Program of the 2000 Welty Symposium
The theme of the twelfth annual Eudora Welty Writers' Symposium has its root in Welty's great family novel, Losing Battles: "Setting New Places at the Reunion Table: Inclusion in the Southern Literature of the New Century or `She knows we're all part of it together, or ought to be!'"
Jill Conner Browne, author of the hilarious Sweet Potato Queens' Book of Love: A Fallen Southern Belle's Look at Love, Life, Men, Marriage, and Being Prepared, will open the symposium in beautiful Poindexter Hall. Browne, much in demand as a humorous speaker, originated the tongue in cheek club, "The Sweet Potato Queens" in the early 1980s. The group has become a permanent and flamboyant attraction at the St. Patrick's Day parade in Jackson, and has its own fan club. Browne writes for The Clarion-Ledger and lives in Jackson.
Jan Nordby Gretlund, scholar and professor of American literature at the University of Southern Denmark, is author of Eudora Welty's Aesthetics of Place and Frames of Southern Mind: Reflections on the Stoic, Bi-Racial &Existential South."He has held ACLS or Fulbright fellowships at Vanderbilt, Southern Mississippi and South Carolina's "Institute for Southern Studies." From 1998-99, he was visiting professor at the University of South Carolina, Beaufort.
Melinda Haynes, author of Mother of Pearl, the highly praised first novel about life, love and family ties in Petal and Hattiesburg in the mid-1950s, has had her novel chosen as an Oprah Book Club selection. A nationally acclaimed artist, she began writing fiction as a second career, after several life crises led her to reexamine her past. Now living in Grand Bay, Alabama, she is at work on her second novel.
Tova Mirvis, who grew up in a tight-knit Orthodox Jewish community in Memphis, the setting for The Ladies Auxiliary, received her bachelor's degree in English literature from Columbia College and her master's degree in creative writing from Columbia's School of the Arts. Mirvis now lives in New York City and is working on her second novel.
Sena Jeter Naslund, originally from Birmingham, is the author of the recently highly acclaimed Ahab's Wife and The Star-Gazer, and numerous short stories. With an MA and a Ph.D. from the University of Iowa, she now teaches at the University of Louisville in Kentucky, where she directs the creative writing program and was awarded the university's first Distinguished Teaching Professor honor. Naslund's fiction has been published in such journals as The Paris Review, The Georgia Review, The Iowa Review, The Michigan Quarterly Review (where she won the Lawrence Prize in fiction), The Indiana Review, and The Alaska Quarterly Review. She has received grants from the National Endowment for the Arts, the Kentucky Foundation for Women, and the Kentucky Arts Council.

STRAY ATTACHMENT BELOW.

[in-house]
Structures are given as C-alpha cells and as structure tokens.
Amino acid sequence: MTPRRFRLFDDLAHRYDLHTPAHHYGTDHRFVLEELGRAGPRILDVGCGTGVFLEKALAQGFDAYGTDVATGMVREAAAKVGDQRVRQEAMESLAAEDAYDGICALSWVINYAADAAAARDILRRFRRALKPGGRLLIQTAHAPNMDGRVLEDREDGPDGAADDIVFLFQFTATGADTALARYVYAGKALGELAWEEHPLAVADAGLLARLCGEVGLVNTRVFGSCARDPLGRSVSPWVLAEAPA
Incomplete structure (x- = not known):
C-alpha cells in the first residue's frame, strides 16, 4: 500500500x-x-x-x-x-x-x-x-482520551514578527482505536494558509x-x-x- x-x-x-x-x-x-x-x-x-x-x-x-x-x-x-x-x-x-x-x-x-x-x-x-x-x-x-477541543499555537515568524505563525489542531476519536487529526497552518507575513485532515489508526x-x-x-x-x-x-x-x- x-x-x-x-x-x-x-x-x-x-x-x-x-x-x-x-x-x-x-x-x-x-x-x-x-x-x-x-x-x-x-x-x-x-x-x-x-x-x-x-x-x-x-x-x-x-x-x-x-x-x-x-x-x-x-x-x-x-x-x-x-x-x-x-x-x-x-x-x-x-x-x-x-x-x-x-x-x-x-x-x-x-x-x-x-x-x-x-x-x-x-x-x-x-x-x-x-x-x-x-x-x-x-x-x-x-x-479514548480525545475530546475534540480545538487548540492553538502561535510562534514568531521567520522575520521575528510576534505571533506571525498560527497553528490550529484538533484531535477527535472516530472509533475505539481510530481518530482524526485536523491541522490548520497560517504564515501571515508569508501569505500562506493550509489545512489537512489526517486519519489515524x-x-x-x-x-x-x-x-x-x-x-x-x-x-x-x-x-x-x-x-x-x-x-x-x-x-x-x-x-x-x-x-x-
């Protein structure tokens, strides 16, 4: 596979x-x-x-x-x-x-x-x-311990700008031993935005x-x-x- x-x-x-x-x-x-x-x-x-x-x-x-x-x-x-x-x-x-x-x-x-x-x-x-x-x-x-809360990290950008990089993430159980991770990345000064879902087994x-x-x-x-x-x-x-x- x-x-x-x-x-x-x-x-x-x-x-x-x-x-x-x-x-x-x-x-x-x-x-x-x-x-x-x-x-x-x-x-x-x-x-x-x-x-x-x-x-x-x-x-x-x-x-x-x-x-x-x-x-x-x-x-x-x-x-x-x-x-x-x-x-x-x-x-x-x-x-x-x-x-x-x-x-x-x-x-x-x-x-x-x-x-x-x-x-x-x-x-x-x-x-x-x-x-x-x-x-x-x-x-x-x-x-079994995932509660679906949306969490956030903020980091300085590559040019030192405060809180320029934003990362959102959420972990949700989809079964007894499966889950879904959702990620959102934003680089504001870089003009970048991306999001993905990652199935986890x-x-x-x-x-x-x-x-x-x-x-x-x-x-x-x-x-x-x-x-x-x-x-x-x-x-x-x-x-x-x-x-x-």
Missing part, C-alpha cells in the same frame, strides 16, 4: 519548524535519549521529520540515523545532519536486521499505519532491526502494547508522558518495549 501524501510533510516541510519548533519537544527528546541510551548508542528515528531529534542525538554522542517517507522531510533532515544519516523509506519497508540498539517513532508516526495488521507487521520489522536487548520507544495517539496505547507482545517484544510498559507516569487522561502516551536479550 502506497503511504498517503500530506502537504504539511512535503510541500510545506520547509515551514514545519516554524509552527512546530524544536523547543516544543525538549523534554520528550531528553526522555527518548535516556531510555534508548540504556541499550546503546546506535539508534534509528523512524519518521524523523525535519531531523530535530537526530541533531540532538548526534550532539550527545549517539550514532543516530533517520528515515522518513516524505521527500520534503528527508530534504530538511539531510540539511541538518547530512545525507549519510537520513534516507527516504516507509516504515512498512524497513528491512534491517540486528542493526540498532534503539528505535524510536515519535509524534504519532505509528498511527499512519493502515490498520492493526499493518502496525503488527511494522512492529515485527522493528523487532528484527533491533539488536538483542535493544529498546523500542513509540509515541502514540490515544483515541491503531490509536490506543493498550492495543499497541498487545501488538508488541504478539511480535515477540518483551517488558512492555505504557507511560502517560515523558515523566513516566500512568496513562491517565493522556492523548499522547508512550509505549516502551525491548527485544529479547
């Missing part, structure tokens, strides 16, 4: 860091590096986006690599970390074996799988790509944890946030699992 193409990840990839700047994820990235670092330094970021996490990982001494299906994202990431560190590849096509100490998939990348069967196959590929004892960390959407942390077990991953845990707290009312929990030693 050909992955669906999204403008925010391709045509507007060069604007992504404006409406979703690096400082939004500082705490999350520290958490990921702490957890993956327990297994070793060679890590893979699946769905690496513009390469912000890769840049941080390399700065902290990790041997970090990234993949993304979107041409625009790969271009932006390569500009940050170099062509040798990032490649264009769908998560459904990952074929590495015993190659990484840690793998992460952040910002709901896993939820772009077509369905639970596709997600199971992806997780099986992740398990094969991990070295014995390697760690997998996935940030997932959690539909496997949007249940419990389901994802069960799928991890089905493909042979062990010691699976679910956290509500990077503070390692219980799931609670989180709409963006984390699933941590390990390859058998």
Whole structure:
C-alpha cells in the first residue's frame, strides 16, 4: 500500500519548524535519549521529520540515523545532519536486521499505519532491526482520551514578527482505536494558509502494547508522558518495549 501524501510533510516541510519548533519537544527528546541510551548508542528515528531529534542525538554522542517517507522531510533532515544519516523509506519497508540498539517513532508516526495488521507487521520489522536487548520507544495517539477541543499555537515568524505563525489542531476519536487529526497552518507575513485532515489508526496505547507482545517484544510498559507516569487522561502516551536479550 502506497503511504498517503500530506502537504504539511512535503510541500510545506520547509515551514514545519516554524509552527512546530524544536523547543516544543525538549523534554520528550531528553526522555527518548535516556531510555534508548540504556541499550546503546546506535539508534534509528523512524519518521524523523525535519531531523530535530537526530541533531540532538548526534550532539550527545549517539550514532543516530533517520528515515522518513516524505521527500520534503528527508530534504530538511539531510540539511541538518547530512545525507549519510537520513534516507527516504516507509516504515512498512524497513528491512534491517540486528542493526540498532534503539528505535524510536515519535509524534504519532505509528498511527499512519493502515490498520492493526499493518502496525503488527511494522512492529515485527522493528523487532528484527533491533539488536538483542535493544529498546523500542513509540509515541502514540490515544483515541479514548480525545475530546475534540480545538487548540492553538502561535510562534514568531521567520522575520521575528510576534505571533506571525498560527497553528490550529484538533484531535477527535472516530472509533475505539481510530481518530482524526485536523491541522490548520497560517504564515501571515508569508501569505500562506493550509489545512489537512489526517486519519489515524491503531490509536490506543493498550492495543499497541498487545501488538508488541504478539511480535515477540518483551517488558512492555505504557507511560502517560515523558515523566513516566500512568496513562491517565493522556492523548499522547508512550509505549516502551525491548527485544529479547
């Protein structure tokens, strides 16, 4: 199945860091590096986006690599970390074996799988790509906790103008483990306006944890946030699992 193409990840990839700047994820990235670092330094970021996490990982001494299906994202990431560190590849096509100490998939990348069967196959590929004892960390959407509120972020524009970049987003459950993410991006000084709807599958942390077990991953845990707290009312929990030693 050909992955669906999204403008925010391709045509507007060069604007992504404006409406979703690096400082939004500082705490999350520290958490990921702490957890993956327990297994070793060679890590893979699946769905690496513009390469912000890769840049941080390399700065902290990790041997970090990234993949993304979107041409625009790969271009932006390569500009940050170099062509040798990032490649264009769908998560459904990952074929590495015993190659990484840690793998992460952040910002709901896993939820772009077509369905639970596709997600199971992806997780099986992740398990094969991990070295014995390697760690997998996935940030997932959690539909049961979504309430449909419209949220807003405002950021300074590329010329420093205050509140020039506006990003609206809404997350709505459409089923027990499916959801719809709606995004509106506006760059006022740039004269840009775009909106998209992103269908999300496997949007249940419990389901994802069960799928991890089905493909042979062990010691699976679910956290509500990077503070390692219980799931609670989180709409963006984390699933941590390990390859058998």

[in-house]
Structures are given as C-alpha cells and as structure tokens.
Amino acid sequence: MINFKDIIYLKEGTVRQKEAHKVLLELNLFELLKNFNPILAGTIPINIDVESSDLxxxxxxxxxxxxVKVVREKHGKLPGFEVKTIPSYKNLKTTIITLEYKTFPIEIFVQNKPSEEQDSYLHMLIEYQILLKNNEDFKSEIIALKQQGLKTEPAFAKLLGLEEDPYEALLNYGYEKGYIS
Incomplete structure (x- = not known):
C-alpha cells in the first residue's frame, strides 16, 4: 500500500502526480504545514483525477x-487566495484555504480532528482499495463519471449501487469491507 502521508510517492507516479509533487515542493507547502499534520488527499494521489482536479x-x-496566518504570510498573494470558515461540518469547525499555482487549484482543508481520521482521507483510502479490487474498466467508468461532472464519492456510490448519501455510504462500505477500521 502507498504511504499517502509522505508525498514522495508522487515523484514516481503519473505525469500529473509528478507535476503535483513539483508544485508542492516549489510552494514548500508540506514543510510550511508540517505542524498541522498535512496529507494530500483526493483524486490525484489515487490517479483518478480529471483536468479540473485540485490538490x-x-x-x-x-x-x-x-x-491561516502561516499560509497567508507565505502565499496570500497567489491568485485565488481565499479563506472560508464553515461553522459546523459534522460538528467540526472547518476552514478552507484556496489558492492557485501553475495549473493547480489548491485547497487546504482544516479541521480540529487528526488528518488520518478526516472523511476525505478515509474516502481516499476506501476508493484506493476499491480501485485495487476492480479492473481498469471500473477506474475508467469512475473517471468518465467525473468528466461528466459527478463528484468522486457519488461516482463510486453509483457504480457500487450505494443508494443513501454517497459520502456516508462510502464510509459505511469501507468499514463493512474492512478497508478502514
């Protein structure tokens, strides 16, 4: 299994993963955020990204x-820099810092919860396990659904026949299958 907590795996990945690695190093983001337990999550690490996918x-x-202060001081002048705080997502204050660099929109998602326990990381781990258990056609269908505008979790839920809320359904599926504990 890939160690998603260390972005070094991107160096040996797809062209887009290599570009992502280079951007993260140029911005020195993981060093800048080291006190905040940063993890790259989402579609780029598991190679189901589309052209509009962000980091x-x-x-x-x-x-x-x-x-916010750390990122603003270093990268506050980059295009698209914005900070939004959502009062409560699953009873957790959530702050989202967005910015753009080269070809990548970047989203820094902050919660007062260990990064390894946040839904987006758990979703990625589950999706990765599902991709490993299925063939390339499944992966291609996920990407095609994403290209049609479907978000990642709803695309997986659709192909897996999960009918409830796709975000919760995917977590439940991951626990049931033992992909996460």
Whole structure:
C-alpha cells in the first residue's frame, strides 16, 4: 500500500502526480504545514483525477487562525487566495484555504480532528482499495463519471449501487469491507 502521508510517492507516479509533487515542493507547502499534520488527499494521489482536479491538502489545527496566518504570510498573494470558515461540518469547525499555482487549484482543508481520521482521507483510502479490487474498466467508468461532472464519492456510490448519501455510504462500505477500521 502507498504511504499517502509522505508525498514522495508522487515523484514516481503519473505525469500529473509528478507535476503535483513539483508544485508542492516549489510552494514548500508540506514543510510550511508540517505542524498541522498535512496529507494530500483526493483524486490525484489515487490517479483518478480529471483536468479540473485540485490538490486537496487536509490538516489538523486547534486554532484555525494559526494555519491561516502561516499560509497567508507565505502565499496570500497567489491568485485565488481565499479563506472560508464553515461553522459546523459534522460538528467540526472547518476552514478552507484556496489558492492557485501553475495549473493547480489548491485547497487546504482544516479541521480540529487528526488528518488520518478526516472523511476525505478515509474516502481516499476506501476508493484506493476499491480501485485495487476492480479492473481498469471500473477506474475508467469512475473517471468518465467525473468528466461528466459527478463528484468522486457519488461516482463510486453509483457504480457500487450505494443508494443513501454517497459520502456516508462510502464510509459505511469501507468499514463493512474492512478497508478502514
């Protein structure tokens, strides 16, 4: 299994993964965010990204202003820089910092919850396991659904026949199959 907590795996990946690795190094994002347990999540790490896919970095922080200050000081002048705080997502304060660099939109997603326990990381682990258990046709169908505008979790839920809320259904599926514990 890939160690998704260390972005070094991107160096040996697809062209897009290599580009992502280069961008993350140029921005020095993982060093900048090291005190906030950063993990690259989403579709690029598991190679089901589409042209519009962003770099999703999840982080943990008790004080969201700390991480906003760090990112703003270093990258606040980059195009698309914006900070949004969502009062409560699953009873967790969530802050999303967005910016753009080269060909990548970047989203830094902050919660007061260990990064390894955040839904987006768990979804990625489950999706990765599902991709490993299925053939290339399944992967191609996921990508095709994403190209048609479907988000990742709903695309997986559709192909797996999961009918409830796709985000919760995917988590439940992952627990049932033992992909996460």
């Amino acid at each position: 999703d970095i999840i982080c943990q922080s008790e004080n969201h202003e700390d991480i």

Robert Philipson is the author of the Welty prize-winning manuscript, The Identity Question: Blacks and Jews in Europe and America.
Padgett Powell, who teaches creative writing at the University of Florida., has published in The New Yorker, Esquire, Harper's, BOMB, DoubleTake, The Paris Review and many other periodicals. He has won the Prix de Rome from the American Academy and Institute of Arts and Letters, a Whiting Writers' Award, the Paris Review John Train Humor Prize, and a Henfield Foundation Transatlantic Review Award. He has been a Senior Fulbright Lecturer in Turkey. His books include Edisto: A Novel, A Woman Name Drown, Typical, Edisto Revisited and Aliens of Affection.
C.D. Wright was born and raised in the Ozark Mountains of Arkansas. She has published seven collections of poetry, most recently Just Whistle, a book length poem (Kelsey Street Press, 1993). String Light (University of Georgia Press, 1991) won the 1992 Poetry Center Book Award given by San Francisco State University. Poems and essays have appeared in BRICK, Conjunctions, Epoch, Field, The New Yorker, Sulfur, Tri-Quarterly, and other magazines. In 1981 she received a Fellowship from the National Endowment for the Arts which prompted a move to Mexico. She was awarded the Witter Bynner Prize for Poetry from the American Academy and Institute for Arts and Letters in 1986, and in 1987 Fellowships from the Guggenheim Foundation and the Bunting Institute. A second NEA was awarded in 1988 as well as a GE Award for a literary essay. She was a 1989 recipient of the Whiting Writers' Award, and a 1990 recipient of the Rhode Island Governor's Award for the Arts. In 1994 she was named State Poet of Rhode Island.
Financially assisted by a grant from the Robert M Hearin Support Foundation, the symposium is free and open to the public.